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Oh God.. no ventilation

1825 Views 1 Reply 2 Participants Last post by  kevinmcl
So, I was recently married and now am, the 'proud owner' of a rental property that was previously my late mother-in-law's place, built in 1936, one of thousands of those "Mile-High" bungalow-style homes to be found in Denver built duiring that era. Since we want this teensy little 800 sq. ft. place to be as 'energy-efficient' as possible (good luck to me...), I began examining EVERY possible way of keeping this place cool in our scorching summer temps, only to find out that there is absolutely ZERO ventilation in the attic. No gable vents, no soffits (or eaves at all), and no ridge venting... and now I know why this place was always an oven in the summer.
So - how does one get 'adequate' ventilation throughout this attic using what I believe may be my only option: arguably, a continuous ridge vent and one or more gable vents? If I use this method, I believe I can achieve the 'necessary' venting of some 750 sq. in. of 'free vent area' (5.8 sq. ft. if my math is correct for our area).
As I said, this place has no eaves, so there are no soffits to use as ventilation, and my only 'access' would be through the gables and of course the ridge peak. But, is this sufficient?
The 'layout' of the home is a simple little rectangle-shape, roughly 24' X 33' and I believe I may have no other options with this type of construction.
"Power ventilation" (or 'evacuation' of the space by a powered fan) in the attic does not really appeal to me as I had read a report about how this seldom 'pays for itself' considering the electrical power required to achieve much true ventilation (even if I don't quite believe or understand this...).
So here I am searching for some input on how I can get this stuffy little box to 'breathe' a bit.
As an alternative, I'd also like to consider a small 'whole-house fan' that I saw at Home Depot that is affordable and easily installed, and 'lends itself' very well to cooling this place once the daytime heat diminishes (thank God for 'Mile High' cooling once the sun goes down - those who know understand that it can fall almost 40 degrees at night around here most often). But this fan 'requires' something like 1440 sq. in. of 'FVA' (free vent area) for 'proper operation' - so that just doubled my 'FVA' requirements, right?
Or - maybe not. Since this WHF would do the same thing as a 'power vent', arguably this is NOT the case... eh?
But are simple gable vents and a ridge vent 'sufficient'? Not a lot of capacity to vent much other than the 'central area' of this attic like this... But as I am always accused of 'over-engineering' everything I do (personal fault) I might be 'guilty' of this same thing here....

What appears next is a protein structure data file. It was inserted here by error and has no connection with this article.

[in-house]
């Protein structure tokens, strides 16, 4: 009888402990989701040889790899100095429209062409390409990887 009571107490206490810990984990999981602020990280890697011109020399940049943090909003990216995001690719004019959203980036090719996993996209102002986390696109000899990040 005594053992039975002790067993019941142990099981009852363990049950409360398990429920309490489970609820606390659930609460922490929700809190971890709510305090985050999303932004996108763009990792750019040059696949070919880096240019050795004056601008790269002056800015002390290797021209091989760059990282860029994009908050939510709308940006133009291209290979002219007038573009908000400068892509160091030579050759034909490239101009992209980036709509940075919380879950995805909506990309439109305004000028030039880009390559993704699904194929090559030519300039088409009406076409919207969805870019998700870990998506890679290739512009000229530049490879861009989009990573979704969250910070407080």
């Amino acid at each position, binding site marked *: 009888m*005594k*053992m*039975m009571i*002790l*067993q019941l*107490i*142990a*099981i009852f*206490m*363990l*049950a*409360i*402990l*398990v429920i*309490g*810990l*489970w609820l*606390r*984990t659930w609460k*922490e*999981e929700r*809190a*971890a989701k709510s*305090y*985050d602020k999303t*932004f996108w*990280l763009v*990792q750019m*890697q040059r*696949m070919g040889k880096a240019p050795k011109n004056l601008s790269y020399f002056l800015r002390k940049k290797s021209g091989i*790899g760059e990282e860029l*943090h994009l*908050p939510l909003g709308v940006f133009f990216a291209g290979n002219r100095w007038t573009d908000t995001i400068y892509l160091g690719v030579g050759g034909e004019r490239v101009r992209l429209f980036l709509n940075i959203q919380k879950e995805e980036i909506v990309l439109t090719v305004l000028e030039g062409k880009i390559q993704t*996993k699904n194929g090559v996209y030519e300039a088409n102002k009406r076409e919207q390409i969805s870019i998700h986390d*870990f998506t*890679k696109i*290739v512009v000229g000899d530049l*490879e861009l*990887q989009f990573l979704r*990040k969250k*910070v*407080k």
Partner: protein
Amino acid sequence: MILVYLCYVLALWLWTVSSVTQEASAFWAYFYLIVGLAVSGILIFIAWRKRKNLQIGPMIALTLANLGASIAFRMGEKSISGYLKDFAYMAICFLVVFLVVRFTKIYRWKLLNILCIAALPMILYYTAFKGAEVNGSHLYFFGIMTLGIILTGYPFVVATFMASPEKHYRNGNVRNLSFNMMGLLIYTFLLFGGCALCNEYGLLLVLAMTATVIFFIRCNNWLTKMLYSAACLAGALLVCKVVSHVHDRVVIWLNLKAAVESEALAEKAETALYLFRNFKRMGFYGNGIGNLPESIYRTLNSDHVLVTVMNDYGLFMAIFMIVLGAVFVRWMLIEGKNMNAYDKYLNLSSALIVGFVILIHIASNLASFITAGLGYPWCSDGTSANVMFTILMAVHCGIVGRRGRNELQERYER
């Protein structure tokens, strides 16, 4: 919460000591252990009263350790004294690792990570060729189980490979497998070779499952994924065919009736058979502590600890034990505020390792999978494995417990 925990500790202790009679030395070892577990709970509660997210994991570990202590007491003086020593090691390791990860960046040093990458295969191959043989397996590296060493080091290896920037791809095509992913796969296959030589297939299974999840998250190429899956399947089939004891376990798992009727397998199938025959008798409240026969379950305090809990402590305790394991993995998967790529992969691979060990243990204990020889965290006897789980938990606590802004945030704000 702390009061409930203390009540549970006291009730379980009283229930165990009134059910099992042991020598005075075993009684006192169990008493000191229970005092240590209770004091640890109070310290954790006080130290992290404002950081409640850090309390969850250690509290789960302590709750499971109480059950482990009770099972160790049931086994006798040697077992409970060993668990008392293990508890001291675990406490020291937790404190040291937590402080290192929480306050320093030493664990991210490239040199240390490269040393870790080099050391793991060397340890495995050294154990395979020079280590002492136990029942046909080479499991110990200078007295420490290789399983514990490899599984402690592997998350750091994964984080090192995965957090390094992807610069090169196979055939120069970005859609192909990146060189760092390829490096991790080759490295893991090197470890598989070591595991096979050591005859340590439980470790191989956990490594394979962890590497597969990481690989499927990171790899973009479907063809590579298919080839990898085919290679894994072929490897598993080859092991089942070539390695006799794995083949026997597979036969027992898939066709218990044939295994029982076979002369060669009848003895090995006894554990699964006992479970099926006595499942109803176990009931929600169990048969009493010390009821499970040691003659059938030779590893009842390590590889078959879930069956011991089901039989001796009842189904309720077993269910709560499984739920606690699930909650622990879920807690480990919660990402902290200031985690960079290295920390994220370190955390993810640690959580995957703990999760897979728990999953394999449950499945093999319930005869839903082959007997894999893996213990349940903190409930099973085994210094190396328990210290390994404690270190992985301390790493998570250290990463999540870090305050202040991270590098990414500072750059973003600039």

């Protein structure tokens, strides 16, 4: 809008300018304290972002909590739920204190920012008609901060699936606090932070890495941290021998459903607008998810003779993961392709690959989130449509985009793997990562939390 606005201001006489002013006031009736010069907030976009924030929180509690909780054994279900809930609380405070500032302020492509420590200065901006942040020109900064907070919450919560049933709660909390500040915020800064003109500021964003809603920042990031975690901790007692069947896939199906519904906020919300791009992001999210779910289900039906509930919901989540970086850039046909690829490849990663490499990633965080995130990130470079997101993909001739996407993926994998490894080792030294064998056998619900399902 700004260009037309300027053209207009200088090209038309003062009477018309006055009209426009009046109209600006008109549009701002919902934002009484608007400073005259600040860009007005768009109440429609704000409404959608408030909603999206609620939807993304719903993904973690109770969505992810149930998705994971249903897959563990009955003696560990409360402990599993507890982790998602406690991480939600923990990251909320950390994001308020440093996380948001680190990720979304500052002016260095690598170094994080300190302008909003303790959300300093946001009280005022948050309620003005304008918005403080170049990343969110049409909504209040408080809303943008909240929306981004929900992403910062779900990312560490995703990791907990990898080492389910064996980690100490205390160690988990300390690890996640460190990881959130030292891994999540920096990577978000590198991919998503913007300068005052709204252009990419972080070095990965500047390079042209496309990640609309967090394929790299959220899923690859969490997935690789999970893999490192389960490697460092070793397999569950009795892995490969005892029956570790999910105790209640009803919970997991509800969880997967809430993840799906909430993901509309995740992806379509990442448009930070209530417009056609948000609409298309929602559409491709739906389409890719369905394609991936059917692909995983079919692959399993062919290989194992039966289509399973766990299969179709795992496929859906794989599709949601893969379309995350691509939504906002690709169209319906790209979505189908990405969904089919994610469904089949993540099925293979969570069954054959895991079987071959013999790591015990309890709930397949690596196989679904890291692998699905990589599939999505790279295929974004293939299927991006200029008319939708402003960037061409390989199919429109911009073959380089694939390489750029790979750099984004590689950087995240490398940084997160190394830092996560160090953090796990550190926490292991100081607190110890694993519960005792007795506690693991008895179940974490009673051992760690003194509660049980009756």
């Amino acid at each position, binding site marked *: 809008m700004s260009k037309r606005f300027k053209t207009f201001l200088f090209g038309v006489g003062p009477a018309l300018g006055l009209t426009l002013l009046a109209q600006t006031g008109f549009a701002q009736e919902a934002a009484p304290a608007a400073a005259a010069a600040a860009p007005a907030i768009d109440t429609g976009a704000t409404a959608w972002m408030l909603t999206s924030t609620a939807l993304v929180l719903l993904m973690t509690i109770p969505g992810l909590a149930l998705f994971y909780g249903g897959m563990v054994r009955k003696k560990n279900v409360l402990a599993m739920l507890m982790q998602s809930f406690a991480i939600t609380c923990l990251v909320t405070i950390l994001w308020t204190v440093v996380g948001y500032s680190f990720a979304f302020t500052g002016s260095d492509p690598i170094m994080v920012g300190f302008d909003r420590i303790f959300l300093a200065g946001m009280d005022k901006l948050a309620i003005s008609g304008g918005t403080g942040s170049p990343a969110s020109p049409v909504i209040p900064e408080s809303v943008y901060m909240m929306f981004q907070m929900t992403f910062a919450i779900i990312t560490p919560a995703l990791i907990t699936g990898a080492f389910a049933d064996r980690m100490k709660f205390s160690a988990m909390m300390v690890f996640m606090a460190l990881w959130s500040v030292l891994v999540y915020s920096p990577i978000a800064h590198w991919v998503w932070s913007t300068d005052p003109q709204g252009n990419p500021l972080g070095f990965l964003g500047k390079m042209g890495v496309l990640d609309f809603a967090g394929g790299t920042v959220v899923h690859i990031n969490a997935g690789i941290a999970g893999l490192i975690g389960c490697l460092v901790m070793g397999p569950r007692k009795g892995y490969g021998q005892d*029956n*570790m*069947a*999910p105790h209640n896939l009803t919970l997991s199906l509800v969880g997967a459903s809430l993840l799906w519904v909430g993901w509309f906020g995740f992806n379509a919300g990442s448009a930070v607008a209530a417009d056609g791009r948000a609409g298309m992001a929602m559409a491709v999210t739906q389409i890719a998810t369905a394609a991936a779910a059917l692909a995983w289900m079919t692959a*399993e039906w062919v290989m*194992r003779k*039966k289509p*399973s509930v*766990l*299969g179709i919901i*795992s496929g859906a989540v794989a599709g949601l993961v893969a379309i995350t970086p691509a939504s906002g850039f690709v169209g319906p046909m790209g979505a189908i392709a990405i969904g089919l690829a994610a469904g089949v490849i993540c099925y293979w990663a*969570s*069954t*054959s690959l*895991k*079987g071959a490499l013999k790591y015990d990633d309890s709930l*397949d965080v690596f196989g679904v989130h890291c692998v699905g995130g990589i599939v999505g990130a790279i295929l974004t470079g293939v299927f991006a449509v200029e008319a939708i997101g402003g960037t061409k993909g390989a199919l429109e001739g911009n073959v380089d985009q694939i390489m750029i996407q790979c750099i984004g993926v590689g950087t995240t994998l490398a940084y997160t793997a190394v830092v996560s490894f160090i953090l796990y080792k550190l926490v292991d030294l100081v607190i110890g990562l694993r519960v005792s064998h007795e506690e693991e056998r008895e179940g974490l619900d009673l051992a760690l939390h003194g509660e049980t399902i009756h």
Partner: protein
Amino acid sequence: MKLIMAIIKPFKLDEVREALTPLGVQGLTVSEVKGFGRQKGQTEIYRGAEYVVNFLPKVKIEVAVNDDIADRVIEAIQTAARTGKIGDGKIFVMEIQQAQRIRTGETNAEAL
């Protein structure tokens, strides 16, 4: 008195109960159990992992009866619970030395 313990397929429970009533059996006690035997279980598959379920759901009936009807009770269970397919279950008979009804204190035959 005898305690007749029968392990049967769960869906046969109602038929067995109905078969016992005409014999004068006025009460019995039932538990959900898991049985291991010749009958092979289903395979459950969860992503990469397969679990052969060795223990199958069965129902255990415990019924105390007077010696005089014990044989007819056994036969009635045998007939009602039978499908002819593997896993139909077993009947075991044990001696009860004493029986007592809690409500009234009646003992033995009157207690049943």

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I think I can almost picture your building, but a photo or two would help.

If you install a ridge vent, it needs an equivalent input vent at the BOTTOM of the roof, where eaves should have been. Gable-end vents will just act as short-circuit input vents for the ridge-vent's output, so most of the attic will be effectively unvented still, AND you will be drawing air IN through a gable vent that was intended/designed as an output vent. You risk pulling rain, snow, and dust into your attic.

A power vent needs the same thing - input air. If it can't get it from proper low-lying vents at the lower edges of the roof, then it'll suck air through whatever gaps exist between house and attic. This depressurizes the house and causes the house to suck in air at every gap, pulling in hot outdoor air. Pulling air from the house into the attic also pulls moisture from cooking and bathing, which gets into your insulation, or at night (with that drastic temperature drop) condenses it on the underside of the roof, precipitating mold. Don't use big suction (a power vent) if you don't have proper lower inlets. If you DO manage to install some sort of "soffit" level inlets, then you've got what a ridge vent (or mushroom vents, less effectively) needs and you don't need power venting anyway. Not a great situation you are in. But you knew that... sorry.

Is there no drip edge at all, where the tops of your walls meet the roof? Not even a little overhang?

If there's flashing there, you might be able to use a product from Air Vent for that purpose. Check their website.

- kevin
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